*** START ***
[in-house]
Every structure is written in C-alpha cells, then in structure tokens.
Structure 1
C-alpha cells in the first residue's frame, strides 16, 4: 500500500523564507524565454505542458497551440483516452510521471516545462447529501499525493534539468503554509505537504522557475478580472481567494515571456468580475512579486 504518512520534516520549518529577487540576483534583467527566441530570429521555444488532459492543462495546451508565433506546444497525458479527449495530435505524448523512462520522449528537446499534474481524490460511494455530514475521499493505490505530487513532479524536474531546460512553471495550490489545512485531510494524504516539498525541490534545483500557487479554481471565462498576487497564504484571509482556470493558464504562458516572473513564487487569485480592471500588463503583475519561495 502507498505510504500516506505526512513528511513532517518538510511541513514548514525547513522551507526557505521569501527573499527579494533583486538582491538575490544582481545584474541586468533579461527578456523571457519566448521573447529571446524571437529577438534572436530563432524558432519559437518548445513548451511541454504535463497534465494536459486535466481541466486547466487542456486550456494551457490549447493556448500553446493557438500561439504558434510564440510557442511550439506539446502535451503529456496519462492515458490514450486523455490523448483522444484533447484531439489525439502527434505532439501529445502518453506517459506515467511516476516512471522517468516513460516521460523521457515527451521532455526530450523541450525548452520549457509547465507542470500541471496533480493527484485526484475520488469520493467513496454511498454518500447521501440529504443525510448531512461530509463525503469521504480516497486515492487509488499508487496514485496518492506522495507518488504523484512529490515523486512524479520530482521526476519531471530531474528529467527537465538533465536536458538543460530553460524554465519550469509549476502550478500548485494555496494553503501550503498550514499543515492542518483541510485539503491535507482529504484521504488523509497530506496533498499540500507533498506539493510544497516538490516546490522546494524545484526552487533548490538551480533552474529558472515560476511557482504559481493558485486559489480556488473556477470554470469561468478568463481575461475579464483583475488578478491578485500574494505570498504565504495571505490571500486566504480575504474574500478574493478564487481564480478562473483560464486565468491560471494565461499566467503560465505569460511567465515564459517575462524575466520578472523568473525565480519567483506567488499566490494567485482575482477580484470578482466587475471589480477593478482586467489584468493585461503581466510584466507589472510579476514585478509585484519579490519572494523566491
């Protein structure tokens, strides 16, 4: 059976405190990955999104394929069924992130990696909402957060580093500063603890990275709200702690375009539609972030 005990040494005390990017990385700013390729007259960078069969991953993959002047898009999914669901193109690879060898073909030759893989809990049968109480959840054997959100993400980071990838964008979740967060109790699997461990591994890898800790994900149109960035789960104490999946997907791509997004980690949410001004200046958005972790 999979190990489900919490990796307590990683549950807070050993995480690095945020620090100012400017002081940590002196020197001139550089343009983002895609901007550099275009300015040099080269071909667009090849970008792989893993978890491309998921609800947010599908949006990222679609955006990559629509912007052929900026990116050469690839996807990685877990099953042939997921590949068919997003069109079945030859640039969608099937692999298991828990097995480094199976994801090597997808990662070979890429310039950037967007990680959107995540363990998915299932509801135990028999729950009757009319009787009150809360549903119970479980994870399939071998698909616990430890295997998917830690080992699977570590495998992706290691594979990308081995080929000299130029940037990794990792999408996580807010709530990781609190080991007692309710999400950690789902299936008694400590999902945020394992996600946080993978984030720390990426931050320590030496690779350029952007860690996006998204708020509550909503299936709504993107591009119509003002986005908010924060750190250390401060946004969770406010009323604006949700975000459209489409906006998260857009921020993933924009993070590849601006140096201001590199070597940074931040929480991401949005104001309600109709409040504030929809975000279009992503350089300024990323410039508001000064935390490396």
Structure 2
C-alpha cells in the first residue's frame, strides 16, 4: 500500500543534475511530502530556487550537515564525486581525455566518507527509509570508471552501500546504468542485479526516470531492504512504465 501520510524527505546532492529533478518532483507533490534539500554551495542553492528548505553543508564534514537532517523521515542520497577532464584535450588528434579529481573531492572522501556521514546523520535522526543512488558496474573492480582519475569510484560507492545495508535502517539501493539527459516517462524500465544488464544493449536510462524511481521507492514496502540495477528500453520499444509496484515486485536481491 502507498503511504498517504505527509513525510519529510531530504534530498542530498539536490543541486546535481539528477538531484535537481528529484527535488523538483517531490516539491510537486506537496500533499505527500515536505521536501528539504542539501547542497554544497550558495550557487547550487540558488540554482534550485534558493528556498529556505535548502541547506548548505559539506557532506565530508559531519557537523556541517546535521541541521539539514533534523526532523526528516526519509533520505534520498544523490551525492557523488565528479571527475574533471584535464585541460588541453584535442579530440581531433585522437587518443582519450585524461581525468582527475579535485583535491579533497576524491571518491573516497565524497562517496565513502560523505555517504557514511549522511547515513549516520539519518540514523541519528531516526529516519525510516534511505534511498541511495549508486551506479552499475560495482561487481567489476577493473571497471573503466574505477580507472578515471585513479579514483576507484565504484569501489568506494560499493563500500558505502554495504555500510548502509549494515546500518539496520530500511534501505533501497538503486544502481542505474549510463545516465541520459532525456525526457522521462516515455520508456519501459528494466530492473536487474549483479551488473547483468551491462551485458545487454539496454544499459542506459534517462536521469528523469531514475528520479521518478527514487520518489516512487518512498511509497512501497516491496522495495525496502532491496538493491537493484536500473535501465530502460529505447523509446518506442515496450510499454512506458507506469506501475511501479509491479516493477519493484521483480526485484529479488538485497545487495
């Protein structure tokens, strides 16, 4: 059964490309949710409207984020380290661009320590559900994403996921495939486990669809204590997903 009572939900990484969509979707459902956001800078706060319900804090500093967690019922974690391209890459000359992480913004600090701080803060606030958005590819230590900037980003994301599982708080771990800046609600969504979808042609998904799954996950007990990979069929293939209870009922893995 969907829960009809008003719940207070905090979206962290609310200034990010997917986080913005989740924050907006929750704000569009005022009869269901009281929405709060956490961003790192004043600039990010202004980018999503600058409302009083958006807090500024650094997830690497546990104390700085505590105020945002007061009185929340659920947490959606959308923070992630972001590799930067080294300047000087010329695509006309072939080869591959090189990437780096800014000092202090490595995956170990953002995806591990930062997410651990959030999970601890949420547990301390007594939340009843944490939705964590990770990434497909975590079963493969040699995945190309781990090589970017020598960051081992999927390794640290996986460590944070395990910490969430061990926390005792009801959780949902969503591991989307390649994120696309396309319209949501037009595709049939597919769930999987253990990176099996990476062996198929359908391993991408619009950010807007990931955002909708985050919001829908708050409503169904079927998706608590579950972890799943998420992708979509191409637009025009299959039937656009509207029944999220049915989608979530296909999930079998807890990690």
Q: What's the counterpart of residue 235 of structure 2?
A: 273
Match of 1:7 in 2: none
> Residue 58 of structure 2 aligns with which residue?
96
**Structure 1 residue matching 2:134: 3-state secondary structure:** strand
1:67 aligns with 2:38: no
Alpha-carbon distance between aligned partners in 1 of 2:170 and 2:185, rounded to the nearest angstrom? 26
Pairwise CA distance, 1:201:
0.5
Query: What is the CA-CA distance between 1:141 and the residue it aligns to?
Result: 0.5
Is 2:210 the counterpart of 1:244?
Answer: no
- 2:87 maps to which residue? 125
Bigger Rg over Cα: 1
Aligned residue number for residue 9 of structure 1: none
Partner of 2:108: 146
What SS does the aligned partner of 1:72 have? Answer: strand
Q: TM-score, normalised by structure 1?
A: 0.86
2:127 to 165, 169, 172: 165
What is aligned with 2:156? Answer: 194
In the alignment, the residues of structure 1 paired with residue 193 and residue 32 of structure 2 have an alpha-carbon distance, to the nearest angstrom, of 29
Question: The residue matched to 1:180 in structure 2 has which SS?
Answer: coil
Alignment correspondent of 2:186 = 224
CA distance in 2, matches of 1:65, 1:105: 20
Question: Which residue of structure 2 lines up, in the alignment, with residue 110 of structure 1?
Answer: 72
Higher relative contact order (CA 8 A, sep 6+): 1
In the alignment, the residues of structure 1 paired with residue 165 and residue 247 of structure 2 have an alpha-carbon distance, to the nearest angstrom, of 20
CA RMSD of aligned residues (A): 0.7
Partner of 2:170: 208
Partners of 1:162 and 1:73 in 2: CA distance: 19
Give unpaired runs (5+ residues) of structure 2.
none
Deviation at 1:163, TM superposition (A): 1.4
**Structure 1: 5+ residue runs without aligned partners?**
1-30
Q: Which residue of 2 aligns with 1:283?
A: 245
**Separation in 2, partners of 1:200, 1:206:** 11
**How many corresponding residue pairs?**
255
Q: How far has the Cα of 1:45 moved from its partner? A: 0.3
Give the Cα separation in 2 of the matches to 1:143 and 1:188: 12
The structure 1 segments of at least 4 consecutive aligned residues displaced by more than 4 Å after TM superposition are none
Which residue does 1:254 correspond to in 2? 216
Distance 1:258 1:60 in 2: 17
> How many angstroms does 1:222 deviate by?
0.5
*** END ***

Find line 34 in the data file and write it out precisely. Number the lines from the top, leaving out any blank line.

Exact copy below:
Answer: coil